Likewise, designing more compact cities makes those cities more physically resilient by reducing congestion and driving times, reducing dependence on fossil fuels and reducing CO2.
While a new type of physical infrastructure is paramount in an age of global climate change, economic infrastructure is equally critical in this era of globalization.
Building economic resilience means that cities must have economies that are diverse enough to withstand financial shocks and innovative enough to seize the opportunities presented by globalization and even by challenges like climate change.
Particularly in Europe and the United States, given high unemployment, slow-going economic recovery and increased vulnerability to climate change, a new growth model based on a low-carbon economy would generate green jobs, diversify urban economies and promote greater prosperity.
As we see from the Global Monitor report, fast-growing, successful cities around the world are those that capitalize most effectively on the hand that globalization has dealt.
We have not been doing this lately in the United States — but we could. The Economic Policy Institute and the Center for American Progress estimate that an annual investment of $150 billion in clean energy in the United States would lead to a 1% drop in the unemployment rate.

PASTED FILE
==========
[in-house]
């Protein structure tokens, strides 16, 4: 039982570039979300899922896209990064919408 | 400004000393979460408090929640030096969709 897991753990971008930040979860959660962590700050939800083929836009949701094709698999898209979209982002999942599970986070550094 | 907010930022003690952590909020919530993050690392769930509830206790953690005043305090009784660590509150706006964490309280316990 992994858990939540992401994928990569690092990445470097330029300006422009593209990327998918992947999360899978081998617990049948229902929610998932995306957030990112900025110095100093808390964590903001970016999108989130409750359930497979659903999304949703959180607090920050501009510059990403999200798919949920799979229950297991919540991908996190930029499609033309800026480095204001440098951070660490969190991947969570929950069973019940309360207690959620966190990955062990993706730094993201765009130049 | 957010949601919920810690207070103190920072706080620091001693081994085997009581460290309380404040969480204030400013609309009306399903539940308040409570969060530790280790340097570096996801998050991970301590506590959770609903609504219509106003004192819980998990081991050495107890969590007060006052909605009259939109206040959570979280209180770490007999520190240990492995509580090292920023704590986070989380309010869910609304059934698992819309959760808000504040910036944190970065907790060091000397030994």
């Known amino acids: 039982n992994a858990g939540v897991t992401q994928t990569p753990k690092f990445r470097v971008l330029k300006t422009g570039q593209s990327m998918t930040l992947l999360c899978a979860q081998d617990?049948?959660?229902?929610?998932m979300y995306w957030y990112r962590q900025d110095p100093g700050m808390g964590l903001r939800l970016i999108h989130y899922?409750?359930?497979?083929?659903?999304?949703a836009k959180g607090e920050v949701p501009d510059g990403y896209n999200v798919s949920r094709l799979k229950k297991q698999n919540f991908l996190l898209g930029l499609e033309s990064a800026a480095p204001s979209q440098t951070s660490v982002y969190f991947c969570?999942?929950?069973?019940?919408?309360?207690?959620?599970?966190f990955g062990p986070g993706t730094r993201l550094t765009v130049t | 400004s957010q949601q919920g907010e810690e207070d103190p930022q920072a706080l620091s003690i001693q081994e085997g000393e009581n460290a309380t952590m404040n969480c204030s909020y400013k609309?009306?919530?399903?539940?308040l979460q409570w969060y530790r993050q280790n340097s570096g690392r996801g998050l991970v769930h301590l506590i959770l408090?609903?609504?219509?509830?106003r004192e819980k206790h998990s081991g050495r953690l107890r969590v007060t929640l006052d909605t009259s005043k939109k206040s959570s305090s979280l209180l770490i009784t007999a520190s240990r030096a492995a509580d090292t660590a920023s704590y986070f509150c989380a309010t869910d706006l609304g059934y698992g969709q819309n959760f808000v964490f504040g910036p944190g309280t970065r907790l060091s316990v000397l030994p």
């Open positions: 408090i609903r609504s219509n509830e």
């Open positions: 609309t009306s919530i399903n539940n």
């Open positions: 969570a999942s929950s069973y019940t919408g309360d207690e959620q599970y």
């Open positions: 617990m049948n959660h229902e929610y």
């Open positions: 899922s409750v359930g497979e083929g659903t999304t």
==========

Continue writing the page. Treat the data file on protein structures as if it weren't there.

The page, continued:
That, in turn, would lead to a rise in average earnings of about 2%, while building a more energy-sustainable infrastructure and creating 1.7 million jobs — half of which would be accessible to Americans with a high school degree or less.
In other words, green jobs are one area where it may be possible to promote economic resilience for the working poor and put the U.S. economy on a more resilient, sustainable path to growth, without the episodes of boom and bust that have characterized recent business cycles.
And if that occurs, is it hard to imagine a transformation to more sustainable American cities — cities with greater density, increased walkability and energy efficient rapid transit and temperature control?
This is by no means a radical suggestion, as it is sometimes considered domestically. Green cities are now being designed from the ground up in China, the Middle East and elsewhere, implementing this vision and at the same time creating thousands of new jobs in new green sectors — from housing to transportation to conservation.